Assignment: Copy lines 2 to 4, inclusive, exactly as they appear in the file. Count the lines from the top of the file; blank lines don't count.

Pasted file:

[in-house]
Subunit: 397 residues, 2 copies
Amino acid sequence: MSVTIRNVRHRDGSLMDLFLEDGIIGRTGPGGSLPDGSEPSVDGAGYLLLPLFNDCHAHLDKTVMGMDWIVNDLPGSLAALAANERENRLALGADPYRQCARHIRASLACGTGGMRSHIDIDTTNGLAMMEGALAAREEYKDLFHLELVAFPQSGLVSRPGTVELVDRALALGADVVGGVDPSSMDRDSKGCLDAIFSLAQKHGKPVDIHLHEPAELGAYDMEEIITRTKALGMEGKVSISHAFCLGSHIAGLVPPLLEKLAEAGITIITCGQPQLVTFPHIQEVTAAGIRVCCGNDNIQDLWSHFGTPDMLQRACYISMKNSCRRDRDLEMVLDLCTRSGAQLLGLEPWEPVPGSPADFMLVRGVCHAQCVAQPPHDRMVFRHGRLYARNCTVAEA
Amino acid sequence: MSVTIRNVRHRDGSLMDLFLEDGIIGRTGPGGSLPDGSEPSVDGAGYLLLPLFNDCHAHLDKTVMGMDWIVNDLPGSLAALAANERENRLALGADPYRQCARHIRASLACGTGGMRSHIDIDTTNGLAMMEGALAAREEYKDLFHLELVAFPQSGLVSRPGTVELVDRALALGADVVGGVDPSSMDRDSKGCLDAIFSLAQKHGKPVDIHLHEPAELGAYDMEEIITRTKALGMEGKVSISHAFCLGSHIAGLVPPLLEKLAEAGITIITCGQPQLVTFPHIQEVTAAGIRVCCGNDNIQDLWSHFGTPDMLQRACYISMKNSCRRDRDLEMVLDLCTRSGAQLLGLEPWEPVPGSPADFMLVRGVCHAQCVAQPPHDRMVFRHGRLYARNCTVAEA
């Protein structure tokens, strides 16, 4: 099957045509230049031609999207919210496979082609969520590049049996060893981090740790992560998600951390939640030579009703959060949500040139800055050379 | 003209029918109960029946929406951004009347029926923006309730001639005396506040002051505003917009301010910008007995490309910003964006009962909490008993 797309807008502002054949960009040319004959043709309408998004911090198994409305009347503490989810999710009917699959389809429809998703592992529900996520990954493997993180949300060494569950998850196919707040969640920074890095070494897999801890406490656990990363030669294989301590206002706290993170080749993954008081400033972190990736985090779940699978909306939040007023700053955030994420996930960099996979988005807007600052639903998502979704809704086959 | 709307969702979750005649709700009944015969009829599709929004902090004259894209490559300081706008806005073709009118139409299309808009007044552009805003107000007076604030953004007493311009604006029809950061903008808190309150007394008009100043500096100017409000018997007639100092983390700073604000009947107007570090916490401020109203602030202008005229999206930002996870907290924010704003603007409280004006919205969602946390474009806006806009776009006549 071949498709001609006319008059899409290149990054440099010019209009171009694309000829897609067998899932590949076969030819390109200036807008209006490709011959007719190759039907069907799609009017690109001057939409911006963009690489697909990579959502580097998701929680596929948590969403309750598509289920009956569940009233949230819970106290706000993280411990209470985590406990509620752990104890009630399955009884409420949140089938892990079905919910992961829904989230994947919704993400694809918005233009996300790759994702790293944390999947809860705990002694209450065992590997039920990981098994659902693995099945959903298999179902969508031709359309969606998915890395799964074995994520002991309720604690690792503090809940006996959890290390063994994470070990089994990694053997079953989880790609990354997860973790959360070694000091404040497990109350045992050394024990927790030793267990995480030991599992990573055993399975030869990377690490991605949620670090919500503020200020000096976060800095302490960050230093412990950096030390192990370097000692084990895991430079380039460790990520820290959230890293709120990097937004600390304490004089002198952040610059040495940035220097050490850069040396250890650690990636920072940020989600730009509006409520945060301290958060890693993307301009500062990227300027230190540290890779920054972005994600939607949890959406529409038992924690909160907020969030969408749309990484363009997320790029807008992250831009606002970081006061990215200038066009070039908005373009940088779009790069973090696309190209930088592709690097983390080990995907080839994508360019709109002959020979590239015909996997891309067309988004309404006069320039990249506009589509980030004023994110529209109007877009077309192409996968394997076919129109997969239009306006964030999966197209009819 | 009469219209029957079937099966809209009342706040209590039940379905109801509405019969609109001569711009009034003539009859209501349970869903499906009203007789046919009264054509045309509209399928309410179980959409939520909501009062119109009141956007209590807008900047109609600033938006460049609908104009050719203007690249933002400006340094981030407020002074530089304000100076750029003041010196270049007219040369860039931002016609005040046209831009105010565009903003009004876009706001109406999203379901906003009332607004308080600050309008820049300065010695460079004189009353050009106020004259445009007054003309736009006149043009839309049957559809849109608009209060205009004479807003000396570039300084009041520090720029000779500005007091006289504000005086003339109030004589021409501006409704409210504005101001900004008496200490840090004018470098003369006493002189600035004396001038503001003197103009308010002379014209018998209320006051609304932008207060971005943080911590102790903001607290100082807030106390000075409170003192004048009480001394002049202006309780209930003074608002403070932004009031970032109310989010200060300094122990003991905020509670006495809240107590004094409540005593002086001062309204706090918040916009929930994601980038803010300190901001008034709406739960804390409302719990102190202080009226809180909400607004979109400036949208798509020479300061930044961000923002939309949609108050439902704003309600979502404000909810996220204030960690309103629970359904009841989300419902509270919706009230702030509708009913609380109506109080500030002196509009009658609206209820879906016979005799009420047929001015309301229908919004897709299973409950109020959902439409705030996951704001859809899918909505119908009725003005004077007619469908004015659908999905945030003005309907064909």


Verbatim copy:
Subunit: 397 residues, 2 copies
Amino acid sequence: MSVTIRNVRHRDGSLMDLFLEDGIIGRTGPGGSLPDGSEPSVDGAGYLLLPLFNDCHAHLDKTVMGMDWIVNDLPGSLAALAANERENRLALGADPYRQCARHIRASLACGTGGMRSHIDIDTTNGLAMMEGALAAREEYKDLFHLELVAFPQSGLVSRPGTVELVDRALALGADVVGGVDPSSMDRDSKGCLDAIFSLAQKHGKPVDIHLHEPAELGAYDMEEIITRTKALGMEGKVSISHAFCLGSHIAGLVPPLLEKLAEAGITIITCGQPQLVTFPHIQEVTAAGIRVCCGNDNIQDLWSHFGTPDMLQRACYISMKNSCRRDRDLEMVLDLCTRSGAQLLGLEPWEPVPGSPADFMLVRGVCHAQCVAQPPHDRMVFRHGRLYARNCTVAEA
Amino acid sequence: MSVTIRNVRHRDGSLMDLFLEDGIIGRTGPGGSLPDGSEPSVDGAGYLLLPLFNDCHAHLDKTVMGMDWIVNDLPGSLAALAANERENRLALGADPYRQCARHIRASLACGTGGMRSHIDIDTTNGLAMMEGALAAREEYKDLFHLELVAFPQSGLVSRPGTVELVDRALALGADVVGGVDPSSMDRDSKGCLDAIFSLAQKHGKPVDIHLHEPAELGAYDMEEIITRTKALGMEGKVSISHAFCLGSHIAGLVPPLLEKLAEAGITIITCGQPQLVTFPHIQEVTAAGIRVCCGNDNIQDLWSHFGTPDMLQRACYISMKNSCRRDRDLEMVLDLCTRSGAQLLGLEPWEPVPGSPADFMLVRGVCHAQCVAQPPHDRMVFRHGRLYARNCTVAEA